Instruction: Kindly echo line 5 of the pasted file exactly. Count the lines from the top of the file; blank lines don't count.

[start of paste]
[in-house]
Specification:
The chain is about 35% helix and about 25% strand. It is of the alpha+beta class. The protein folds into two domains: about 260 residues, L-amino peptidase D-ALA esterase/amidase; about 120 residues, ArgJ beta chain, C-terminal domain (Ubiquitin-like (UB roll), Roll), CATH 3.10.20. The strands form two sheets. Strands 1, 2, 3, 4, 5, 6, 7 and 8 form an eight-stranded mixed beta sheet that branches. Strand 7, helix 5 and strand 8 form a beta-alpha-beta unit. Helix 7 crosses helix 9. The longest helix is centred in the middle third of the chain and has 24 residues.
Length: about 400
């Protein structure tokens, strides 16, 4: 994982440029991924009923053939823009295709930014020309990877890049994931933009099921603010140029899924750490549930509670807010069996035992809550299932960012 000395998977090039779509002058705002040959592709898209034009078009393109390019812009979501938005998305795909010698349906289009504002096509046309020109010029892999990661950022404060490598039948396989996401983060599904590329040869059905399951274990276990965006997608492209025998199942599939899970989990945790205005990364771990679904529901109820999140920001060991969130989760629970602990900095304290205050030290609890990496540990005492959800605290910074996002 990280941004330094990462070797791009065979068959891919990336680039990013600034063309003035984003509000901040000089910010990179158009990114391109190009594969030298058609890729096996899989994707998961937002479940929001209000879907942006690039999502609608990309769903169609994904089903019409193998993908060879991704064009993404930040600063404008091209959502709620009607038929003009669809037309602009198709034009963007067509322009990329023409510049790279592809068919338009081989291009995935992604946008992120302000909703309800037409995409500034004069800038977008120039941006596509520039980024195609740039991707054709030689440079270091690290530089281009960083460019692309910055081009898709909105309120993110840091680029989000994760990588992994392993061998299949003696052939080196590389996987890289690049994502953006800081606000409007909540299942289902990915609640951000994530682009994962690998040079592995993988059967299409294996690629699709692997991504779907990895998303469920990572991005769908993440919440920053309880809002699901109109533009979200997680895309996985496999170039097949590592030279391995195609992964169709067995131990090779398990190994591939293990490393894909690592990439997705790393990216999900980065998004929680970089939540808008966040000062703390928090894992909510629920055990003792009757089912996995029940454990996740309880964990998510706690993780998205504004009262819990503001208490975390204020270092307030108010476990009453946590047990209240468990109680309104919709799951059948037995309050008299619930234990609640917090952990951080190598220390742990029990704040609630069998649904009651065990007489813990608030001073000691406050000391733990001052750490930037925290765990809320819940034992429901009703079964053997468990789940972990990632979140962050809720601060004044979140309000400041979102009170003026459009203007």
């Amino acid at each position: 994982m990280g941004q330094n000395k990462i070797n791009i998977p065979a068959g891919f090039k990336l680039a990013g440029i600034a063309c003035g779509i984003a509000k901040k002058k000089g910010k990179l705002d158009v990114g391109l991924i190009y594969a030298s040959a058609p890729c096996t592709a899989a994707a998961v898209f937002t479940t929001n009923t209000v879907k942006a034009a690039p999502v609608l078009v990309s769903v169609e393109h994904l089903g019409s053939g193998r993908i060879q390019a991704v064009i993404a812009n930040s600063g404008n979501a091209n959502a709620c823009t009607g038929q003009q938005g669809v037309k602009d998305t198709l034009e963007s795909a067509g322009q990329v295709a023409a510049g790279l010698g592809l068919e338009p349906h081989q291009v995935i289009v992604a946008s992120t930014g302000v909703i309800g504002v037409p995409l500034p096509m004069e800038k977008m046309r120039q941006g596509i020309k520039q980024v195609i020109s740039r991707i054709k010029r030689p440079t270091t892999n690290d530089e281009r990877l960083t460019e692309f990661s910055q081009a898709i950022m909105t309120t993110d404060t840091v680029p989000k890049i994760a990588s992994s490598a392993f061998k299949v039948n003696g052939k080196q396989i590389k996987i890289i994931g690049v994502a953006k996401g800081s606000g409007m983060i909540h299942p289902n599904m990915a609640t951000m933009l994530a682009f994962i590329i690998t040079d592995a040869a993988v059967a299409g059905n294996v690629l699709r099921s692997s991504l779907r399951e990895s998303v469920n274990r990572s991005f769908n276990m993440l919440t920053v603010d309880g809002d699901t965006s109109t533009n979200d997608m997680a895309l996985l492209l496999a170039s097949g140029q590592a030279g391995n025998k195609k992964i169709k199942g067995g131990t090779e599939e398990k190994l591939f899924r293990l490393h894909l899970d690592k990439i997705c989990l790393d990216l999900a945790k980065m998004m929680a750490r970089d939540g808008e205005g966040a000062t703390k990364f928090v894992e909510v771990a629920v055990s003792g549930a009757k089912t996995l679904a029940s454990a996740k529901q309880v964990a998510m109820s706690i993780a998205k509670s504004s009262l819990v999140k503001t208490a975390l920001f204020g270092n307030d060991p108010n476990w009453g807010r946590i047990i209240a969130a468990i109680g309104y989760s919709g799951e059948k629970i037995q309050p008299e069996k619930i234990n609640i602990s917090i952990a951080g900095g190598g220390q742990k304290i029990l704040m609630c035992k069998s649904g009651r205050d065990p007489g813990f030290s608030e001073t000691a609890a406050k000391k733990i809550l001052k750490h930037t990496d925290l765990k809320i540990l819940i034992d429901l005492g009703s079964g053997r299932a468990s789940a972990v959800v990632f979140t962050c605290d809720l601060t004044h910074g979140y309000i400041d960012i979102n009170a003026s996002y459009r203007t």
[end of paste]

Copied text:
């Protein structure tokens, strides 16, 4: 994982440029991924009923053939823009295709930014020309990877890049994931933009099921603010140029899924750490549930509670807010069996035992809550299932960012 000395998977090039779509002058705002040959592709898209034009078009393109390019812009979501938005998305795909010698349906289009504002096509046309020109010029892999990661950022404060490598039948396989996401983060599904590329040869059905399951274990276990965006997608492209025998199942599939899970989990945790205005990364771990679904529901109820999140920001060991969130989760629970602990900095304290205050030290609890990496540990005492959800605290910074996002 990280941004330094990462070797791009065979068959891919990336680039990013600034063309003035984003509000901040000089910010990179158009990114391109190009594969030298058609890729096996899989994707998961937002479940929001209000879907942006690039999502609608990309769903169609994904089903019409193998993908060879991704064009993404930040600063404008091209959502709620009607038929003009669809037309602009198709034009963007067509322009990329023409510049790279592809068919338009081989291009995935992604946008992120302000909703309800037409995409500034004069800038977008120039941006596509520039980024195609740039991707054709030689440079270091690290530089281009960083460019692309910055081009898709909105309120993110840091680029989000994760990588992994392993061998299949003696052939080196590389996987890289690049994502953006800081606000409007909540299942289902990915609640951000994530682009994962690998040079592995993988059967299409294996690629699709692997991504779907990895998303469920990572991005769908993440919440920053309880809002699901109109533009979200997680895309996985496999170039097949590592030279391995195609992964169709067995131990090779398990190994591939293990490393894909690592990439997705790393990216999900980065998004929680970089939540808008966040000062703390928090894992909510629920055990003792009757089912996995029940454990996740309880964990998510706690993780998205504004009262819990503001208490975390204020270092307030108010476990009453946590047990209240468990109680309104919709799951059948037995309050008299619930234990609640917090952990951080190598220390742990029990704040609630069998649904009651065990007489813990608030001073000691406050000391733990001052750490930037925290765990809320819940034992429901009703079964053997468990789940972990990632979140962050809720601060004044979140309000400041979102009170003026459009203007």